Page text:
Breast cancer and oral contraceptives: findings in Oxford-Family Planning Association contraceptive study.Br Med J (Clin Res Ed) 1981; 282 doi: https://doi.org/10.1136/bmj.282.6282.2093 (Published 27 June 1981) Cite this as: Br Med J (Clin Res Ed) 1981;282:2093
- M P Vessey,
- K McPherson,
- R Doll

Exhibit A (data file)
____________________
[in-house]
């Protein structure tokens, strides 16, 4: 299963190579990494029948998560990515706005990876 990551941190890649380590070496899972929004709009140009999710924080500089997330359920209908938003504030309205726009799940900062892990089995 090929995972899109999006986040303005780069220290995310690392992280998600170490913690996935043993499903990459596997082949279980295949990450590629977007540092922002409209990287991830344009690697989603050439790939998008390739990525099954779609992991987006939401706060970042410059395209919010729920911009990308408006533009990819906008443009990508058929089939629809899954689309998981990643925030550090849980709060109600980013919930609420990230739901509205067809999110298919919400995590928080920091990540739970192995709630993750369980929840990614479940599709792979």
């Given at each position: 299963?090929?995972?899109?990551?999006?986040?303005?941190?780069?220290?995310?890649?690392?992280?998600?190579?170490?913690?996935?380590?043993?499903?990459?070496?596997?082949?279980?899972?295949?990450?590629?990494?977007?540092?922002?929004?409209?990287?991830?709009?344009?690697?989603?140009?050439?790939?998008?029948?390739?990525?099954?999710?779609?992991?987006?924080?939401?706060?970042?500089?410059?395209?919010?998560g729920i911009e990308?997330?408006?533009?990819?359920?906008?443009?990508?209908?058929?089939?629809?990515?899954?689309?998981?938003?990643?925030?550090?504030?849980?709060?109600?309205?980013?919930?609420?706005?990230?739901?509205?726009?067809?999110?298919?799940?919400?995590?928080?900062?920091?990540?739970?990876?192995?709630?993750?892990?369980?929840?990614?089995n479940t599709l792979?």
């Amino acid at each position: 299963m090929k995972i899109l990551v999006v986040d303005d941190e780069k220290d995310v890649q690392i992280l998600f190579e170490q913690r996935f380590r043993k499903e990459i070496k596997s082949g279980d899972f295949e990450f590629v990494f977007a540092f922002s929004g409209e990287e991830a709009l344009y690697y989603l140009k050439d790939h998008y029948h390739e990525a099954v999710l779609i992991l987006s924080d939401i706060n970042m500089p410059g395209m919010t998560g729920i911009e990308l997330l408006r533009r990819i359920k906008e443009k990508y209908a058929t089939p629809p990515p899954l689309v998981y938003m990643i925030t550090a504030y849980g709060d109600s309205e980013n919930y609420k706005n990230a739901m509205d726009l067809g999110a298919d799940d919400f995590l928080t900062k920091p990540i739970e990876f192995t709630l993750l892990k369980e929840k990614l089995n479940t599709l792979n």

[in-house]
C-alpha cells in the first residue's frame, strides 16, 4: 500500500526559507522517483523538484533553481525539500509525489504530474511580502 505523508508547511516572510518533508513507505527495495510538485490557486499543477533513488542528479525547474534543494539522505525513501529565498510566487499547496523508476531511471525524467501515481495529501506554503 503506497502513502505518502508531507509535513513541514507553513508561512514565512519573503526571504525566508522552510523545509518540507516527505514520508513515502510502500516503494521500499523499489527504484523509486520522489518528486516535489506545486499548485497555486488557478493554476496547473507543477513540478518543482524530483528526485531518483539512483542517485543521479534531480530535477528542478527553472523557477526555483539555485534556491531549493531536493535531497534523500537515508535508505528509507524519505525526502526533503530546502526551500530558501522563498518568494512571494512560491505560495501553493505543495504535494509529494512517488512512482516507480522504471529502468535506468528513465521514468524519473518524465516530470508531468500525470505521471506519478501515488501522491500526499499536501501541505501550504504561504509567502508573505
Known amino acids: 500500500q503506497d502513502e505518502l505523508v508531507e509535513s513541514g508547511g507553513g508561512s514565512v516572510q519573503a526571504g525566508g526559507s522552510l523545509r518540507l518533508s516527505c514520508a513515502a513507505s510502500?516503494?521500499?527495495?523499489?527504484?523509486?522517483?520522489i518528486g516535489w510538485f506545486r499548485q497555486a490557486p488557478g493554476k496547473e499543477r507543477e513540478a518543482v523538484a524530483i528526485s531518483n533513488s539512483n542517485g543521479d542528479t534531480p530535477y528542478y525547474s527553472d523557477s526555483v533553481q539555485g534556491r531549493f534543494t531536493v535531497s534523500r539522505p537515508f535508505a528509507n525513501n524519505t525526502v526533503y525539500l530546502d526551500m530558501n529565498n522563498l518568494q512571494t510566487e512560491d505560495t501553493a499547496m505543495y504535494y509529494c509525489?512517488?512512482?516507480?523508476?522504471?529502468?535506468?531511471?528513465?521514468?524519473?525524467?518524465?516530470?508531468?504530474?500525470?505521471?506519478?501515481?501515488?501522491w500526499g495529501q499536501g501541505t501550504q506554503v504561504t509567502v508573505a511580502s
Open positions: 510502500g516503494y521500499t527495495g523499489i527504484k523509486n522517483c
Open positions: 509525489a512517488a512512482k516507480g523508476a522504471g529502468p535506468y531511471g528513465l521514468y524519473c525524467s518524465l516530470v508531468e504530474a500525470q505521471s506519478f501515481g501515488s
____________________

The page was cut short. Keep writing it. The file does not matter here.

Among the 17 032 women taking part in the Oxford-Family Planning Association contraceptive study, 72 were first diagnosed as having breast cancer between the date they were admitted to the study and 1 September 1980. The relative risk of developing the disease in women who had used oral contraceptives in comparison with those who had never used them was estimated to be 0.96 (95% confidence limits 0.59 to 1.63). Among women aged under 35 years, the corresponding relative risk (based on only 14 women with breast cancer) was estimated to be 0.61. No relation was apparent between the risk of developing breast cancer and duration of oral-contraceptive use or interval since first oral-contraceptive use in any age group. The data in this study are thus reassuring; but observations based on women with long-term use of oral contraceptives, especially those starting to use the preparations at an early age, are few.